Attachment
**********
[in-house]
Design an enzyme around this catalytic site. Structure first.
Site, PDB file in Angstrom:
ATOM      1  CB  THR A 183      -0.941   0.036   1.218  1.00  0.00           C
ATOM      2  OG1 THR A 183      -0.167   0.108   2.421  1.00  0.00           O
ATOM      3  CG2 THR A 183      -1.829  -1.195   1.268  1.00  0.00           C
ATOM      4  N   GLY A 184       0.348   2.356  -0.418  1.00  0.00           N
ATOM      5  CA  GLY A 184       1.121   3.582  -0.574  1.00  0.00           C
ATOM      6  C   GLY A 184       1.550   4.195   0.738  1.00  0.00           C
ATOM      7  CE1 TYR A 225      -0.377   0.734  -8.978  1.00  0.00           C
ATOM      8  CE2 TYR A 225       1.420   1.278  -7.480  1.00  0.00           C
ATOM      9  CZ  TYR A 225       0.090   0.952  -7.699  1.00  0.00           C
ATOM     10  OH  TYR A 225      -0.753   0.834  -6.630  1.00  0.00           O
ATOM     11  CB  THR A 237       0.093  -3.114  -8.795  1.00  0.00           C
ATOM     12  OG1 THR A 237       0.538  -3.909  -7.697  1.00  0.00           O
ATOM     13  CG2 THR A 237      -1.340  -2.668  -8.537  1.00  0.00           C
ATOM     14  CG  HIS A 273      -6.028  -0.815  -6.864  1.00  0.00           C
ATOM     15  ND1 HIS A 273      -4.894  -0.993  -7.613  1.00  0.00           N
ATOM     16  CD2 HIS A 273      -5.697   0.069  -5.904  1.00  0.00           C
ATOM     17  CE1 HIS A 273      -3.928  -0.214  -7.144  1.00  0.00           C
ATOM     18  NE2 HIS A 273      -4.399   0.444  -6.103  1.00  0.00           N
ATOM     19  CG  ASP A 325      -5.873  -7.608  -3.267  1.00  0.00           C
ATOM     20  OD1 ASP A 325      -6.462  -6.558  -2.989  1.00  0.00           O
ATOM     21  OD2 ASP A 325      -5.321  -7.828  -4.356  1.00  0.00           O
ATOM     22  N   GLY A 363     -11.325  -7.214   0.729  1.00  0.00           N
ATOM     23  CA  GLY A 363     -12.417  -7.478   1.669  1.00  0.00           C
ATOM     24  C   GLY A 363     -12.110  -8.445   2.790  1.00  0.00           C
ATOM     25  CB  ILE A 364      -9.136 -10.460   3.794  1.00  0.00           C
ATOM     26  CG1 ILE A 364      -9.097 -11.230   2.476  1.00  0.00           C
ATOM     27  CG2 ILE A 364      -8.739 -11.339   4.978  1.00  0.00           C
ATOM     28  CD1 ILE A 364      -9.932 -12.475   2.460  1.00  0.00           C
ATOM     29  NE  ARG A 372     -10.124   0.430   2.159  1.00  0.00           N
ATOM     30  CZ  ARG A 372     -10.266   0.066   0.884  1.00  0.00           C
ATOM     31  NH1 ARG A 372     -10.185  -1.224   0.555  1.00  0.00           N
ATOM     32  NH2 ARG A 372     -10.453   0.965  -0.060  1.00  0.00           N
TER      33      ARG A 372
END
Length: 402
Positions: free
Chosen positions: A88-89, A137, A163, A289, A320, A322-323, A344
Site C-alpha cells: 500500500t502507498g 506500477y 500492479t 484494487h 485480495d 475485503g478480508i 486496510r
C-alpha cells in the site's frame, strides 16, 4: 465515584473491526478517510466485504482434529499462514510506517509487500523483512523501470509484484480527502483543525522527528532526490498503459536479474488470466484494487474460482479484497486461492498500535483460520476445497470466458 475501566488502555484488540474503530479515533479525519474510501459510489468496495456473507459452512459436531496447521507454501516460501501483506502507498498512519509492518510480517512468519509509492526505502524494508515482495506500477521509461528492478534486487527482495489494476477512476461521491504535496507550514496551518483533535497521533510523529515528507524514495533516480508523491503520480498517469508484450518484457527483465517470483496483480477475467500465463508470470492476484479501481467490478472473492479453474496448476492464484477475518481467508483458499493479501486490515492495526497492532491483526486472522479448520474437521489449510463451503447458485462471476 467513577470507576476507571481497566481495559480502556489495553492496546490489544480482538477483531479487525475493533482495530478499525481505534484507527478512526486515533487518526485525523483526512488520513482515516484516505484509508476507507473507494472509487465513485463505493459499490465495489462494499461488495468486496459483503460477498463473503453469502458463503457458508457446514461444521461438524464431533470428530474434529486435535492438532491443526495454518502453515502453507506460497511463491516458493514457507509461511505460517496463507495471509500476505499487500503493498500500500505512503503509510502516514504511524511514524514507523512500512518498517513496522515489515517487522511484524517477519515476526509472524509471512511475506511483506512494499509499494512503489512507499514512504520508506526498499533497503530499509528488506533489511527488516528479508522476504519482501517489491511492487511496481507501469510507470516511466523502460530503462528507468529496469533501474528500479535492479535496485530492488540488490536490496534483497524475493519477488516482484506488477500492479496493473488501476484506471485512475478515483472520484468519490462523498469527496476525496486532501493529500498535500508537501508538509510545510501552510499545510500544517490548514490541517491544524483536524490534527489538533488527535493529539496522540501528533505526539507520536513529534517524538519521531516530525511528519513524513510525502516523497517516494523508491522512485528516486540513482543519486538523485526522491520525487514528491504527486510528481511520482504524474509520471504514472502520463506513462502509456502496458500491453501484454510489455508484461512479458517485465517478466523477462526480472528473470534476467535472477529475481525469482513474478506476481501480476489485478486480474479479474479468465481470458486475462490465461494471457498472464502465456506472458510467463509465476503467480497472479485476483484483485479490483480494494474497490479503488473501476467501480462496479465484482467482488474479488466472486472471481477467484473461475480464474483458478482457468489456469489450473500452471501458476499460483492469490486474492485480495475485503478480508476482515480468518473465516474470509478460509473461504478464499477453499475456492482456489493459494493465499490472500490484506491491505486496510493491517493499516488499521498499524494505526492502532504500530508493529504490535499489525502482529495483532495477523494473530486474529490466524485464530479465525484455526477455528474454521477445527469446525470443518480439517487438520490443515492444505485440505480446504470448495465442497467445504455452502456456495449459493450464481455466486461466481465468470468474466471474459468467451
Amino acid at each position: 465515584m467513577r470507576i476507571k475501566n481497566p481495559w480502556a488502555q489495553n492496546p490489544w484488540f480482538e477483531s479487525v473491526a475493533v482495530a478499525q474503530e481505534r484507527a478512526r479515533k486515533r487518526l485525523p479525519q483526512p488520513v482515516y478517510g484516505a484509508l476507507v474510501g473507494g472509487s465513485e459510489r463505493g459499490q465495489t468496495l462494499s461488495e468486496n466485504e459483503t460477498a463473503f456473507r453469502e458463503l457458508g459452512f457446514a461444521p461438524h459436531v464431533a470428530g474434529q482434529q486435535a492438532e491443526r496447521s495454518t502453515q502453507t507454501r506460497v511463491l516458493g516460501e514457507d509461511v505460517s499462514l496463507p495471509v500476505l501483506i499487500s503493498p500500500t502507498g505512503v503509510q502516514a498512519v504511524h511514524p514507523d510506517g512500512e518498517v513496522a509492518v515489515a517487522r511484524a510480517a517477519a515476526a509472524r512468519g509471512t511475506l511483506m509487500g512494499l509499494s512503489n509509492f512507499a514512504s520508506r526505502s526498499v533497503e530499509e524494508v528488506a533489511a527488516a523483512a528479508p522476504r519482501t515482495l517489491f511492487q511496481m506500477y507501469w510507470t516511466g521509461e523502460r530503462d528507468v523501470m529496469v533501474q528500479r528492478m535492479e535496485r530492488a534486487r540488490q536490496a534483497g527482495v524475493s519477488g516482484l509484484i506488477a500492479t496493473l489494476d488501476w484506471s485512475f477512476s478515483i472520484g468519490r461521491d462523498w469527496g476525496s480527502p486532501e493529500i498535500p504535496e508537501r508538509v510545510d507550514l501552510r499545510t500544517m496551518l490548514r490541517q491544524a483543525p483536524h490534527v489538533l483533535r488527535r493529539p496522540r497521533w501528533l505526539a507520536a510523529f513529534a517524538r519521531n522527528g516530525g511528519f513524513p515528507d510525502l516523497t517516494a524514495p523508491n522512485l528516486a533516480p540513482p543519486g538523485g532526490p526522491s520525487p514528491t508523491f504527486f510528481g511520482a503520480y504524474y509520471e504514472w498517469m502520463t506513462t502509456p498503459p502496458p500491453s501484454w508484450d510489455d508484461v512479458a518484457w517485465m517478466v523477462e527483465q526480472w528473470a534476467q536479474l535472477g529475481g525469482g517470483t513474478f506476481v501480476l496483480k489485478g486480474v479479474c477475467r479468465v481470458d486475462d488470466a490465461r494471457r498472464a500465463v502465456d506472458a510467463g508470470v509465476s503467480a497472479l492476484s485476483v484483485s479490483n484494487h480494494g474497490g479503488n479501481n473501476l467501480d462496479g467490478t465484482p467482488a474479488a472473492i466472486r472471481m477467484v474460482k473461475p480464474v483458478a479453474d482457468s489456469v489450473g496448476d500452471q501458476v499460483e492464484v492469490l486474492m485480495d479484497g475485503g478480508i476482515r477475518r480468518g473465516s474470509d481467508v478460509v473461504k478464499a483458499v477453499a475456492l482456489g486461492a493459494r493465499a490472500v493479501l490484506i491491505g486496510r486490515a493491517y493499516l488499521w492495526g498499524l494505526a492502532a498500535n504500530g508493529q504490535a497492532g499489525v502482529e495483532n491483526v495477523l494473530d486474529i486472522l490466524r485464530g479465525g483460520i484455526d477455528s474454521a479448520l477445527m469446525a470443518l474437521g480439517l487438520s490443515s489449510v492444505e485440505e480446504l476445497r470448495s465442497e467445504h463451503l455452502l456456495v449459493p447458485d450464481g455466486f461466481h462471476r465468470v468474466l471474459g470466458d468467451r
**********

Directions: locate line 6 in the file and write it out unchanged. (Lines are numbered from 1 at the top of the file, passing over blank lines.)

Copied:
ATOM      3  CG2 THR A 183      -1.829  -1.195   1.268  1.00  0.00           C